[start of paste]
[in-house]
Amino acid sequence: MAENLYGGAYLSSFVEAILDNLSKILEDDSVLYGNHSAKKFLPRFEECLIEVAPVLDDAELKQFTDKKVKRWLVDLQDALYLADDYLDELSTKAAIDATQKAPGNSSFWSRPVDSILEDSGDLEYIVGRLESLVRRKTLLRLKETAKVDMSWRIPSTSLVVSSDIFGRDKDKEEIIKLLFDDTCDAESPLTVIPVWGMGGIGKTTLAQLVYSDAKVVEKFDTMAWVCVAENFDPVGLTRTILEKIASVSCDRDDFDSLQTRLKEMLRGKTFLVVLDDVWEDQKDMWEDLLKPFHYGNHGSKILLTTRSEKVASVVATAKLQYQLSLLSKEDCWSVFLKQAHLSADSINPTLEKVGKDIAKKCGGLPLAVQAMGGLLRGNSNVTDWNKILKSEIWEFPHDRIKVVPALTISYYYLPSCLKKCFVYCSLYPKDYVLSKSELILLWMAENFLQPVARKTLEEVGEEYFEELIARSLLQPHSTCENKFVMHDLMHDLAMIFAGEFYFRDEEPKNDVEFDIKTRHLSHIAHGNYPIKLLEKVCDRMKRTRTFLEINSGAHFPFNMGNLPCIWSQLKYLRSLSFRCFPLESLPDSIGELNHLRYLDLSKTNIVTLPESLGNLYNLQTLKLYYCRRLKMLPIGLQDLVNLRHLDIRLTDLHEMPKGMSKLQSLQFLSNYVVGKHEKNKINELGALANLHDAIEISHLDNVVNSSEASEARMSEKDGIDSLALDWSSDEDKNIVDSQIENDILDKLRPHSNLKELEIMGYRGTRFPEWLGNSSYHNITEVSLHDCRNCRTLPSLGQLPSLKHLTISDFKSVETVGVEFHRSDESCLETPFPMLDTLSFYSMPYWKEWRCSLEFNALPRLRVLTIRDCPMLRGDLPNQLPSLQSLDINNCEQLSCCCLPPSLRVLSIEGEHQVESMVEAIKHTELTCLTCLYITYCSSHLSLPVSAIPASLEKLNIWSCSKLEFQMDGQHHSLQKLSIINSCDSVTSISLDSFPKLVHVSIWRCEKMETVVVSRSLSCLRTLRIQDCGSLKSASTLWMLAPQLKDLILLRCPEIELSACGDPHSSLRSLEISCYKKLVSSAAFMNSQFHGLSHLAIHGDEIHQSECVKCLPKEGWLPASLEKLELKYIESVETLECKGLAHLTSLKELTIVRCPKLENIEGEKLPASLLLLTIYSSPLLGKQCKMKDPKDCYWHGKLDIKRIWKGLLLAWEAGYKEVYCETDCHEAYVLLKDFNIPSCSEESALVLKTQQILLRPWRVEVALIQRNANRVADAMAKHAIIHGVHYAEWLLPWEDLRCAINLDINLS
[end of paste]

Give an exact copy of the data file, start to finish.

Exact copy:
[in-house]
Amino acid sequence: MAENLYGGAYLSSFVEAILDNLSKILEDDSVLYGNHSAKKFLPRFEECLIEVAPVLDDAELKQFTDKKVKRWLVDLQDALYLADDYLDELSTKAAIDATQKAPGNSSFWSRPVDSILEDSGDLEYIVGRLESLVRRKTLLRLKETAKVDMSWRIPSTSLVVSSDIFGRDKDKEEIIKLLFDDTCDAESPLTVIPVWGMGGIGKTTLAQLVYSDAKVVEKFDTMAWVCVAENFDPVGLTRTILEKIASVSCDRDDFDSLQTRLKEMLRGKTFLVVLDDVWEDQKDMWEDLLKPFHYGNHGSKILLTTRSEKVASVVATAKLQYQLSLLSKEDCWSVFLKQAHLSADSINPTLEKVGKDIAKKCGGLPLAVQAMGGLLRGNSNVTDWNKILKSEIWEFPHDRIKVVPALTISYYYLPSCLKKCFVYCSLYPKDYVLSKSELILLWMAENFLQPVARKTLEEVGEEYFEELIARSLLQPHSTCENKFVMHDLMHDLAMIFAGEFYFRDEEPKNDVEFDIKTRHLSHIAHGNYPIKLLEKVCDRMKRTRTFLEINSGAHFPFNMGNLPCIWSQLKYLRSLSFRCFPLESLPDSIGELNHLRYLDLSKTNIVTLPESLGNLYNLQTLKLYYCRRLKMLPIGLQDLVNLRHLDIRLTDLHEMPKGMSKLQSLQFLSNYVVGKHEKNKINELGALANLHDAIEISHLDNVVNSSEASEARMSEKDGIDSLALDWSSDEDKNIVDSQIENDILDKLRPHSNLKELEIMGYRGTRFPEWLGNSSYHNITEVSLHDCRNCRTLPSLGQLPSLKHLTISDFKSVETVGVEFHRSDESCLETPFPMLDTLSFYSMPYWKEWRCSLEFNALPRLRVLTIRDCPMLRGDLPNQLPSLQSLDINNCEQLSCCCLPPSLRVLSIEGEHQVESMVEAIKHTELTCLTCLYITYCSSHLSLPVSAIPASLEKLNIWSCSKLEFQMDGQHHSLQKLSIINSCDSVTSISLDSFPKLVHVSIWRCEKMETVVVSRSLSCLRTLRIQDCGSLKSASTLWMLAPQLKDLILLRCPEIELSACGDPHSSLRSLEISCYKKLVSSAAFMNSQFHGLSHLAIHGDEIHQSECVKCLPKEGWLPASLEKLELKYIESVETLECKGLAHLTSLKELTIVRCPKLENIEGEKLPASLLLLTIYSSPLLGKQCKMKDPKDCYWHGKLDIKRIWKGLLLAWEAGYKEVYCETDCHEAYVLLKDFNIPSCSEESALVLKTQQILLRPWRVEVALIQRNANRVADAMAKHAIIHGVHYAEWLLPWEDLRCAINLDINLS